The baboons continued to travel in the direction of the voices that floated through the forest to them in the intervals of their own silence. Thus, calling and listening, they came closer to their kinsmen, who, it was evident to Korak, were coming to meet them in great numbers; but when, at last, the baboons of the hill country came in view the ape-man was staggered at the reality that broke upon his vision.

What appeared a solid wall of huge baboons rose from the ground through the branches of the trees to the loftiest terrace to which they dared entrust their weight. Slowly they were approaching, voicing their weird, plaintive call, and behind them, as far as Korak's eyes could pierce the verdure, rose solid walls of their fellows treading close upon their heels. There were thousands of them. The ape-man could not but think of the fate of his little party should some untoward incident arouse even momentarily the rage of fear of a single one of all these thousands.

But nothing such befell. The two kings approached one another, as was their custom, with much sniffing and bristling. They satisfied themselves of each other's identity. Then each scratched the other's back. After a moment they spoke together. Korak's friend explained the nature of their visit, and for the first time Korak showed himself. He had been hiding behind a bush. The excitement among the hill baboons was intense at sight of him. For a moment Korak feared that he should be torn to pieces; but his fear was for Meriem. Should he die there would be none to succor her.

The two kings, however, managed to quiet the multitude, and Korak was permitted to approach. Slowly the hill baboons came closer to him. They sniffed at him from every angle. When he spoke to them in their own tongue they were filled with wonder and delight. They talked to him and listened while he spoke. He told them of Meriem, and of their life in the jungle where they were the friends of all the ape folk from little Manu to Mangani, the great ape.

"The Gomangani, who are keeping Meriem from me, are no friends of yours," he said. "They kill you. The baboons of the low country are too few to go against them. They tell me that you are very many and very brave—that your numbers are as the numbers of the grasses upon the plains or the leaves within the forest, and that even Tantor, the elephant, fears you, so brave you are. They told me that you would be happy to accompany us to the village of the Gomangani and punish these bad people while I, Korak, The Killer, carry away my Meriem."

The king ape puffed out his chest and strutted about very stiff-legged indeed. So also did many of the other great bulls of his nation. They were pleased and flattered by the words of the strange Tarmangani, who called himself Mangani and spoke the language of the hairy progenitors of man.

"Yes," said one, "we of the hill country are mighty fighters. Tantor fears us. Numa fears us. Sheeta fears us. The Gomangani of the hill country are glad to pass us by in peace. I, for one, will come with you to the village of the Gomangani of the low places. I am the king's first he-child. Alone can I kill all the Gomangani of the low country," and he swelled his chest and strutted proudly back and forth, until the itching back of a comrade commanded his industrious attention.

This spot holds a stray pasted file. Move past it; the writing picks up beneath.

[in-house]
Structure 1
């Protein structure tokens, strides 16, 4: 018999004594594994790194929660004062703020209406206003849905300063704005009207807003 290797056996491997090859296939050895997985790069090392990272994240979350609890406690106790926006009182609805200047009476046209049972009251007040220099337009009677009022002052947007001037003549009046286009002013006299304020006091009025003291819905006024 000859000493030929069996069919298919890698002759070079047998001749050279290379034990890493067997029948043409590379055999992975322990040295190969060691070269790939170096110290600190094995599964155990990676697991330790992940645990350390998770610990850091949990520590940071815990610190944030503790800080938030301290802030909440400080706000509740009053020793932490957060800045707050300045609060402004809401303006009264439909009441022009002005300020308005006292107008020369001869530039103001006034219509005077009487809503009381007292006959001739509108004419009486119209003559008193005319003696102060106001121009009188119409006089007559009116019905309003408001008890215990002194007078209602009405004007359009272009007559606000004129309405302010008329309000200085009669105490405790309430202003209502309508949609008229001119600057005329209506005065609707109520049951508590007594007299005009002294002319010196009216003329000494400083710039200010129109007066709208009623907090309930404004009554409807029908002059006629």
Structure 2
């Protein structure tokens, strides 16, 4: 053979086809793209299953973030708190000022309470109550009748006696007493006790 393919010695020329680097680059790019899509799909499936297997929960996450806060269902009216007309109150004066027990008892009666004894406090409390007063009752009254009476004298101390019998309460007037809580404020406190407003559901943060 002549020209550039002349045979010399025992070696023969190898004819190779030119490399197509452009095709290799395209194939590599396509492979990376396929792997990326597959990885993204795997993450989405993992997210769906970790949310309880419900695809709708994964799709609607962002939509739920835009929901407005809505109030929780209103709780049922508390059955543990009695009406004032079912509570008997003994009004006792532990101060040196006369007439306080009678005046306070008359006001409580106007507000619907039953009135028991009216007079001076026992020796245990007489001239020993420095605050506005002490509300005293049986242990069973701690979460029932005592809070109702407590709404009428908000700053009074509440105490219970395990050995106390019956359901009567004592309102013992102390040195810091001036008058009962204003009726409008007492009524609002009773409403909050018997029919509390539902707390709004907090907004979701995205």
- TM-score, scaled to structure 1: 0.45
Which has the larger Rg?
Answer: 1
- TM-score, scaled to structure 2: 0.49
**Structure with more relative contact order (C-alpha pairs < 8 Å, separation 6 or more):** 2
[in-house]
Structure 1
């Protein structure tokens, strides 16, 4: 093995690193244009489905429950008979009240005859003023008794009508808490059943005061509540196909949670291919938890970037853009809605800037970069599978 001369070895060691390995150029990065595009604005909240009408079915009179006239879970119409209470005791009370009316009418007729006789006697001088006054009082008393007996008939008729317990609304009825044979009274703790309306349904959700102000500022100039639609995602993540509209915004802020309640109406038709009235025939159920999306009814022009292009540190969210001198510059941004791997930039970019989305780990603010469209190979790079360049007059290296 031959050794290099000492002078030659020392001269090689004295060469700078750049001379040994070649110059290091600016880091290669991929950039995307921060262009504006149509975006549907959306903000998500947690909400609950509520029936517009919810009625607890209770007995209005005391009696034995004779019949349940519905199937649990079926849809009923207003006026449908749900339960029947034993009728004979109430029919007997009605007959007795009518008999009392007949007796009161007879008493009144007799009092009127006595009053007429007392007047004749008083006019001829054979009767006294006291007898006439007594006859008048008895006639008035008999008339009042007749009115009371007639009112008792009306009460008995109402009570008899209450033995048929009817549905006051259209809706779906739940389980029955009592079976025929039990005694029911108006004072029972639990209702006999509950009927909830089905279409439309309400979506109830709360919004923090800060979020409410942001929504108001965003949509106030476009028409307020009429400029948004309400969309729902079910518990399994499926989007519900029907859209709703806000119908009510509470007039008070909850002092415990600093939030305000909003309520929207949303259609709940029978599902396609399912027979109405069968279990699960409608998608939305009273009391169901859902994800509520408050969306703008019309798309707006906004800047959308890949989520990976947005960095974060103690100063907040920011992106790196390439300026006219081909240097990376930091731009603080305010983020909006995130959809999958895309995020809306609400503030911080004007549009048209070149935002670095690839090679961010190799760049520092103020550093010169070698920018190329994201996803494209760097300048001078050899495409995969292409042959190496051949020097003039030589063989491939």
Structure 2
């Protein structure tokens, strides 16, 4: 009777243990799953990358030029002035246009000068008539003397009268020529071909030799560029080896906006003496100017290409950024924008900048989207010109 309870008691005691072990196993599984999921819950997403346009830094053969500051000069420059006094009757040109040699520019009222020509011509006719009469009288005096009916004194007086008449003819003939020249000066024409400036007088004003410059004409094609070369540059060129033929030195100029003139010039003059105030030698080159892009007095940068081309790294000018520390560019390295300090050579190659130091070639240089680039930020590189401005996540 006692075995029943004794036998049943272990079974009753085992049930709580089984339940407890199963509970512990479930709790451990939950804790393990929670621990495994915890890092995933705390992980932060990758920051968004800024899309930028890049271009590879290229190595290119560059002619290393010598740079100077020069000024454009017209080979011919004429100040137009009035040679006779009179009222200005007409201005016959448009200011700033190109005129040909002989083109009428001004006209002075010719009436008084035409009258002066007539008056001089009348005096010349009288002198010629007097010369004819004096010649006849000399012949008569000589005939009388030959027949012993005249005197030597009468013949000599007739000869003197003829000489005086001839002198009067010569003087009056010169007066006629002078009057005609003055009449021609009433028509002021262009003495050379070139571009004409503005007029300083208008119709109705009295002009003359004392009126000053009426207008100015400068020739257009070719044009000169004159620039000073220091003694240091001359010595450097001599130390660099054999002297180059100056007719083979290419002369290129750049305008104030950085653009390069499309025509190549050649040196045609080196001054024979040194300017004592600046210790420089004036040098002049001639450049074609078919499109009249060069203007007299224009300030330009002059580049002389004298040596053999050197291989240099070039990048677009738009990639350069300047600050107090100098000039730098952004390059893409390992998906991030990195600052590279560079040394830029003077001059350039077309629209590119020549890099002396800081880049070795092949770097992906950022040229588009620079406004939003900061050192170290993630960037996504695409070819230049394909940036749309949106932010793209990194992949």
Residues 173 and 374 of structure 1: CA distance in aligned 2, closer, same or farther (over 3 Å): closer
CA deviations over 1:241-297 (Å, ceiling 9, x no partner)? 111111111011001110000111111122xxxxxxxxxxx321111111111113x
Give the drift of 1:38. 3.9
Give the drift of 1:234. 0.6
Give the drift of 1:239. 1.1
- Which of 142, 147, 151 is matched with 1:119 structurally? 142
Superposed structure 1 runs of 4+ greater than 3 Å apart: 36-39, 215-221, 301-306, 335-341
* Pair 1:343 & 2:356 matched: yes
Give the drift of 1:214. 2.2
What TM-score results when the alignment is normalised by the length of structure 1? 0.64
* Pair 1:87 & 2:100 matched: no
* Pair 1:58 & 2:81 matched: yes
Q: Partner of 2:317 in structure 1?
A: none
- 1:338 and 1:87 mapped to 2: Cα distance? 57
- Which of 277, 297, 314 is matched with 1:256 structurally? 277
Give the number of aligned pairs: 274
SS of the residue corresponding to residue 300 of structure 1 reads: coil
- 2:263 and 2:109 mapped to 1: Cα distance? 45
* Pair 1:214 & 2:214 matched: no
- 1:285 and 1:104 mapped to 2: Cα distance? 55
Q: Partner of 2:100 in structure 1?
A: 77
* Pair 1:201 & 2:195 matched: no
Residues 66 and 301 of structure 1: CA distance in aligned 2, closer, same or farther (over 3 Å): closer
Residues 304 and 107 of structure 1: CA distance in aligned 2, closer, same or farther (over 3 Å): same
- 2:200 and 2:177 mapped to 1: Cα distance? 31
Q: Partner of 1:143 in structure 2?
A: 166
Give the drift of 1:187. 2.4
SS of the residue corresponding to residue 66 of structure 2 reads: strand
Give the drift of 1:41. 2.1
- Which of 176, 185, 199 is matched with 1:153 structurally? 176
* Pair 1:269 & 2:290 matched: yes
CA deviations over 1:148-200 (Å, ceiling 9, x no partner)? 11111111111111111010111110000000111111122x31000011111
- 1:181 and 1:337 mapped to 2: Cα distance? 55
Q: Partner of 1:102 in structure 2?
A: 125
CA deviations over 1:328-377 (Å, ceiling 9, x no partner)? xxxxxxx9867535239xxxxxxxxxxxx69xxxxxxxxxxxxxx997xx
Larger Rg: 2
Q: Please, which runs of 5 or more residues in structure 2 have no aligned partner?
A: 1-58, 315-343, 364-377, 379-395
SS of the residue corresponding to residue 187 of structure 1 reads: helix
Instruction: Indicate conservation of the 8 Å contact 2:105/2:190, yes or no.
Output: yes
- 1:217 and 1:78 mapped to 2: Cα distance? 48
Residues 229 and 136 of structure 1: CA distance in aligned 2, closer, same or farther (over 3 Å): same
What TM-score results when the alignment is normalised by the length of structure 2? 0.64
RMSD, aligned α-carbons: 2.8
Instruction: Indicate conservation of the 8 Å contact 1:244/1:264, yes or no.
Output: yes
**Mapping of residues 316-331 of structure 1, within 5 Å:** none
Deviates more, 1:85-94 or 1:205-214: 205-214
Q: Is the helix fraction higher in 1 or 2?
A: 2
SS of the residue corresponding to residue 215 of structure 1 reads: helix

"I am Goob," cried another. "My fighting fangs are long. They are sharp. They are strong. Into the soft flesh of many a Gomangani have they been buried. Alone I slew the sister of Sheeta. Goob will go to the low country with you and kill so many of the Gomangani that there will be none left to count the dead," and then he, too, strutted and pranced before the admiring eyes of the shes and the young.

Korak looked at the king, questioningly.

"Your bulls are very brave," he said; "but braver than any is the king."

Thus addressed, the shaggy bull, still in his prime—else he had been no longer king—growled ferociously. The forest echoed to his lusty challenges. The little baboons clutched fearfully at their mothers' hairy necks. The bulls, electrified, leaped high in air and took up the roaring challenge of their king. The din was terrific.

Korak came close to the king and shouted in his ear, "Come." Then he started off through the forest toward the plain that they must cross on their long journey back to the village of Kovudoo, the Gomangani. The king, still roaring and shrieking, wheeled and followed him. In their wake came the handful of low country baboons and the thousands of the hill clan—savage, wiry, dog-like creatures, athirst for blood.

And so they came, upon the second day, to the village of Kovudoo. It was mid-afternoon. The village was sunk in the quiet of the great equatorial sun-heat. The mighty herd traveled quietly now. Beneath the thousands of padded feet the forest gave forth no greater sound than might have been produced by the increased soughing of a stronger breeze through the leafy branches of the trees.

Korak and the two kings were in the lead. Close beside the village they halted until the stragglers had closed up. Now utter silence reigned. Korak, creeping stealthily, entered the tree that overhung the palisade. He glanced behind him. The pack were close upon his heels. The time had come. He had warned them continuously during the long march that no harm must befall the white she who lay a prisoner within the village. All others were their legitimate prey. Then, raising his face toward the sky, he gave voice to a single cry. It was the signal.

In response three thousand hairy bulls leaped screaming and barking into the village of the terrified blacks. Warriors poured from every hut. Mothers gathered their babies in their arms and fled toward the gates as they saw the horrid horde pouring into the village street. Kovudoo marshaled his fighting men about him and, leaping and yelling to arouse their courage, offered a bristling, spear tipped front to the charging horde.

Korak, as he had led the march, led the charge. The blacks were struck with horror and dismay at the sight of this white-skinned youth at the head of a pack of hideous baboons. For an instant they held their ground, hurling their spears once at the advancing multitude; but before they could fit arrows to their bows they wavered, gave, and turned in terrified rout. Into their ranks, upon their backs, sinking strong fangs into the muscles of their necks sprang the baboons and first among them, most ferocious, most blood-thirsty, most terrible was Korak, The Killer.